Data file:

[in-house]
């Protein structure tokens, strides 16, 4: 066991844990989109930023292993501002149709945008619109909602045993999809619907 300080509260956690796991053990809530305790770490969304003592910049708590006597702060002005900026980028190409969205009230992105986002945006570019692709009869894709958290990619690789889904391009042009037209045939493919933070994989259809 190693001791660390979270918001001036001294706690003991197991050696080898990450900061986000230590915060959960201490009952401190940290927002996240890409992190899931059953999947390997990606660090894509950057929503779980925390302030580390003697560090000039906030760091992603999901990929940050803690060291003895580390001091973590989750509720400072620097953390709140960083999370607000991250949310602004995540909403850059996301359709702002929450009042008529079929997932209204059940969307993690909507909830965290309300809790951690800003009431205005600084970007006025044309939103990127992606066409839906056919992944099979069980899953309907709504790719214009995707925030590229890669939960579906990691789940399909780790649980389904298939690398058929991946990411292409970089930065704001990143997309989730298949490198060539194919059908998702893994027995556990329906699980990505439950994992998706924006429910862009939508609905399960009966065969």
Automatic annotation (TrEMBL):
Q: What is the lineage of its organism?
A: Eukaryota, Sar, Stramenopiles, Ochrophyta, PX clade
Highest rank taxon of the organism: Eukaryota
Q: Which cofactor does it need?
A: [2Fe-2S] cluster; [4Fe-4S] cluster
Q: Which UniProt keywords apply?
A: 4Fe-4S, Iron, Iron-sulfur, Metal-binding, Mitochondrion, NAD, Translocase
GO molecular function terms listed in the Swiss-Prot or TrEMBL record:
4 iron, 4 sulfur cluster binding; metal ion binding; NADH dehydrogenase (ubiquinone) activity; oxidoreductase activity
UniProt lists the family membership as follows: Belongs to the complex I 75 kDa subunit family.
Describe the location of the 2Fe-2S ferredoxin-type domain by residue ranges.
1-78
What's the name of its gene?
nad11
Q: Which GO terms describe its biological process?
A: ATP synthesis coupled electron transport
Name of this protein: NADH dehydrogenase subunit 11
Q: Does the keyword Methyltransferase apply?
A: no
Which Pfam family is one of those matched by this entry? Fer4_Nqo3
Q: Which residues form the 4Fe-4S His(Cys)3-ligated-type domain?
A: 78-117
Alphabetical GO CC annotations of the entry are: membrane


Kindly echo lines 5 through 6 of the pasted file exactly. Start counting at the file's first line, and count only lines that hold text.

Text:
A: Eukaryota, Sar, Stramenopiles, Ochrophyta, PX clade
Highest rank taxon of the organism: Eukaryota